Donald Trump has told “progressive Democrat congresswomen” to “go back and help fix the totally broken and crime infested places from which they came”, as the president stoked racial tensions ahead of planned raids on immigrant families.
The US president tweeted on Sunday that these congresswomen “originally came from countries whose governments are a complete and total catastrophe”, and accused them of “loudly and viciously” telling the US how to run its government.
“These places need your help badly, you can’t leave fast enough,” he added. “I’m sure that Nancy Pelosi [the Democratic leader of the House of Representatives] would be very happy to quickly work out free travel arrangements!”
Mr Trump did not name the members of Congress he was talking about. But his comments appeared to be aimed in part at fuelling splits in the Democratic party between Ms Pelosi and four women known as “The Squad”.
The four — Alexandria Ocasio-Cortez, Ilhan Omar, Rashida Tlaib and Ayanna Pressley, all of whom are US citizens — have clashed with the Democratic leadership in recent months over various issues. Ms Ocasio-Cortez appeared to escalate the row earlier this week when she accused Ms Pelosi of “singling out . . . young women of colour”.
Mr Trump on Sunday united the Democrats at least temporarily in outrage at his comments.
Ms Pelosi tweeted: “When @realDonaldTrump tells four American Congresswomen to go back to their countries, he reaffirms his plan to ‘Make America Great Again’ has always been about making America white again.
“Our diversity is our strength and our unity is our power.”
Ben Ray Lujan, a member of Congress from New Mexico, called the president’s remarks “a racist tweet from a racist president”. Bill de Blasio, the Democratic mayor of New York who is also running for president, called them “another effort to divide people along lines of religion, ethnicity, origin, and create a country where there can’t be unity”.
But Mr Trump’s remarks also came ahead of what he has said are plans to carry out raids against undocumented migrants to deport or arrest them. The president said on Friday there would be a “major operation”, which would “take criminals out, put them in prison, or put them in prison in the countries they came from”.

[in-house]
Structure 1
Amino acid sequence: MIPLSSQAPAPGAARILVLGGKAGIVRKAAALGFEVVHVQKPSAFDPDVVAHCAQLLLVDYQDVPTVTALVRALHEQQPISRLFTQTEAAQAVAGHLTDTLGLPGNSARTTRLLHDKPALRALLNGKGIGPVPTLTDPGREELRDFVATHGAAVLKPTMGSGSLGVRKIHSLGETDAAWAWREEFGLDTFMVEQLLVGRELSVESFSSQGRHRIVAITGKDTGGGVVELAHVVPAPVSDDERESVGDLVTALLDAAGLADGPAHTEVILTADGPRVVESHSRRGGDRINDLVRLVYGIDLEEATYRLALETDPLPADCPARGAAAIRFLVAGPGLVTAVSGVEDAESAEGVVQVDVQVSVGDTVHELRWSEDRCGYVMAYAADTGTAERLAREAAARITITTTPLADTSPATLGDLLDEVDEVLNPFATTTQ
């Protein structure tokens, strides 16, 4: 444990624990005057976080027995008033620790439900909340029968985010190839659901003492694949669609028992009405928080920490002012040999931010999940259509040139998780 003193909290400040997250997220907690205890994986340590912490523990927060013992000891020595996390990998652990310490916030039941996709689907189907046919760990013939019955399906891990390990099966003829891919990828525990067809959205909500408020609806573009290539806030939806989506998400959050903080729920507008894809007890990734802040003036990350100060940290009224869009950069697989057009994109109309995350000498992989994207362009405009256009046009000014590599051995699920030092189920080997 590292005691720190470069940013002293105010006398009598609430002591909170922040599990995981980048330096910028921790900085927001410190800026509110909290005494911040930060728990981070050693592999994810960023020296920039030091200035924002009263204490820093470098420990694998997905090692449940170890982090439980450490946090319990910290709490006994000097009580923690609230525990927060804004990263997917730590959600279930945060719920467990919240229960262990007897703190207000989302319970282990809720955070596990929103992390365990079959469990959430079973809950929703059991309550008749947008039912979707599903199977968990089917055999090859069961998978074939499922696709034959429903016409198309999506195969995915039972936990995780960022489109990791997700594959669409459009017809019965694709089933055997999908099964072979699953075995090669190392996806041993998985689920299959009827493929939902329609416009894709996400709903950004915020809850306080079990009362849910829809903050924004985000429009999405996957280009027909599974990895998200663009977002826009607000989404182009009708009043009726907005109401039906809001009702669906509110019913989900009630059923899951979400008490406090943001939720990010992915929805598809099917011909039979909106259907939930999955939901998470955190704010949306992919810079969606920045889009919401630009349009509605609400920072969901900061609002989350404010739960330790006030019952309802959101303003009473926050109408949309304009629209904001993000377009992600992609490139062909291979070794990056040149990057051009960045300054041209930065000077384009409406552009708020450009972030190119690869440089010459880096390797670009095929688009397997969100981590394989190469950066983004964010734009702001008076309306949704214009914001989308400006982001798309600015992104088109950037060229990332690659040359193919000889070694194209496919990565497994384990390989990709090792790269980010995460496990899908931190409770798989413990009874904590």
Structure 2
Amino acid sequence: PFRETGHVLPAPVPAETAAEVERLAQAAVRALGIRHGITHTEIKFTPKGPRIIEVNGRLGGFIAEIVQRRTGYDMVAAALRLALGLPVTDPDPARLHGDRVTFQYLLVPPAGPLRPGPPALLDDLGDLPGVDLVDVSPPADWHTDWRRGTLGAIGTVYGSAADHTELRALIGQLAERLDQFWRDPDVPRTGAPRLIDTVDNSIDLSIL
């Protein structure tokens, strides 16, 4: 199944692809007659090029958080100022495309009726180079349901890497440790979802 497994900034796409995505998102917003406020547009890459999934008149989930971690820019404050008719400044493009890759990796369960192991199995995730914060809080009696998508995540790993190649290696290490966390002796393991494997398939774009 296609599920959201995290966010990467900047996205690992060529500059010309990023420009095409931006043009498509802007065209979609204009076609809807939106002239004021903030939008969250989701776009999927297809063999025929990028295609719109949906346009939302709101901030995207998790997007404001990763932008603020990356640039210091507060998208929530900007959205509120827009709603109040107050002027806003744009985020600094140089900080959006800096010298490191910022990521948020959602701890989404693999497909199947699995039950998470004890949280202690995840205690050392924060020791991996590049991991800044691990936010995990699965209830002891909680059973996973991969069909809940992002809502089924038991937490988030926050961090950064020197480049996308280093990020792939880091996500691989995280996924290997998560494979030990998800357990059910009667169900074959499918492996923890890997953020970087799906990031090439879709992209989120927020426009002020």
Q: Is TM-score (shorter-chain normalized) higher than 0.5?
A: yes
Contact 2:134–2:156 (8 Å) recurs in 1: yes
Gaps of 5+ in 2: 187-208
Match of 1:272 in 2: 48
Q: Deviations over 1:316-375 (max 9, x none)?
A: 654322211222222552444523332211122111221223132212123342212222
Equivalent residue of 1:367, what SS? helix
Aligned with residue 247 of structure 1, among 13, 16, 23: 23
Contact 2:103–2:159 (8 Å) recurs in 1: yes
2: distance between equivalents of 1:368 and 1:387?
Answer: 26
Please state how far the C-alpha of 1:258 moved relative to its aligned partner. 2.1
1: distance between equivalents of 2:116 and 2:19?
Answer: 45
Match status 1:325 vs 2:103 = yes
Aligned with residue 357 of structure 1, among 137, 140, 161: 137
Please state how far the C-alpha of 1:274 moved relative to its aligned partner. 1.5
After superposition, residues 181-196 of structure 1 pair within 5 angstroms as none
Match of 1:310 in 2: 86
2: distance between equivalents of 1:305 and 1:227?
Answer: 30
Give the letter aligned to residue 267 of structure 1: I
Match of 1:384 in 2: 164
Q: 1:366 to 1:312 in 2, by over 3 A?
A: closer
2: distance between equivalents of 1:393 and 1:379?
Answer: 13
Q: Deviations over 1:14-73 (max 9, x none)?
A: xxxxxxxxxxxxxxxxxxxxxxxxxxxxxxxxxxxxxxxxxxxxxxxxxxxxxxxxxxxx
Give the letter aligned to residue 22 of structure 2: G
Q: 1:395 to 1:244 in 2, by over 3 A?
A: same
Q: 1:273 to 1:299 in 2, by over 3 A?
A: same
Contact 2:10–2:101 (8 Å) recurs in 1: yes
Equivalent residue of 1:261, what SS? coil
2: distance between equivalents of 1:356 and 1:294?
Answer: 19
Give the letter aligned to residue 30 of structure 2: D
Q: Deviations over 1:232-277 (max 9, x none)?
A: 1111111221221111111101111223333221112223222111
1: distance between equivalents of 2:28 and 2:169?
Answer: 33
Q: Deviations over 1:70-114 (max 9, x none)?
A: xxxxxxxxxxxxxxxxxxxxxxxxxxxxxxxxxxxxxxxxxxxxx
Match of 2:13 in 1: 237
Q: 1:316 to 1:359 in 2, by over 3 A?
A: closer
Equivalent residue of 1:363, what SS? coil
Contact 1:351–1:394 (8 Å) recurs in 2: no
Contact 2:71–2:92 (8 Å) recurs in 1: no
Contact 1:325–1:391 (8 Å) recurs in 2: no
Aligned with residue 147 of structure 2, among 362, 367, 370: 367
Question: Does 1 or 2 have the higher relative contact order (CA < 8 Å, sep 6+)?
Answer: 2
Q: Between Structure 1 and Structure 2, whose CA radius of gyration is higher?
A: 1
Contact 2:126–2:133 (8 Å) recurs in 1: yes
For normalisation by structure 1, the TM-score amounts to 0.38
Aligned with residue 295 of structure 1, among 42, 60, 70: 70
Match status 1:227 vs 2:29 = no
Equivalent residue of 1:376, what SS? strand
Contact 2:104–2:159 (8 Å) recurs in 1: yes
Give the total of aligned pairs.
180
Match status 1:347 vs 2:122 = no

The president made a similar threat last month, though eventually postponed the raids.
On Saturday, Mr de Blasio said he had heard of what he called “attempted but reportedly unsuccessful ICE [Immigration and Customs Enforcement] enforcement actions” in parts of New York.
Speaking on Sunday, Ken Cuccinelli, the acting director of US citizenship and immigration, defended mass deportations, though refused to give out more details about the raids.
He told ABC News: “If we don’t have interior enforcement, we don’t have deterrents. Then people think they can get by that first line just as you described earlier and they’re done, it’s over.
“Well it isn’t over, and over a million people in this country have — who are here illegally have gone through extensive due process, have removal orders and have not left.”
He refused to say if families might be separated as a result of the raids.
Mr Cuccinelli also blamed Congress for the conditions at migrant detention centres, which Mike Pence, the vice-president, this weekend called “unacceptable”, following a visit to two detention centres in Texas.
The acting head of citizenship and immigration said the overcrowding in detention facilities was as a result of Congress’ failure to grant extra resources to law enforcement.
He said: “When Congress provides the professionals at the border what they need, success happens — success being measured as avoiding overcrowding.”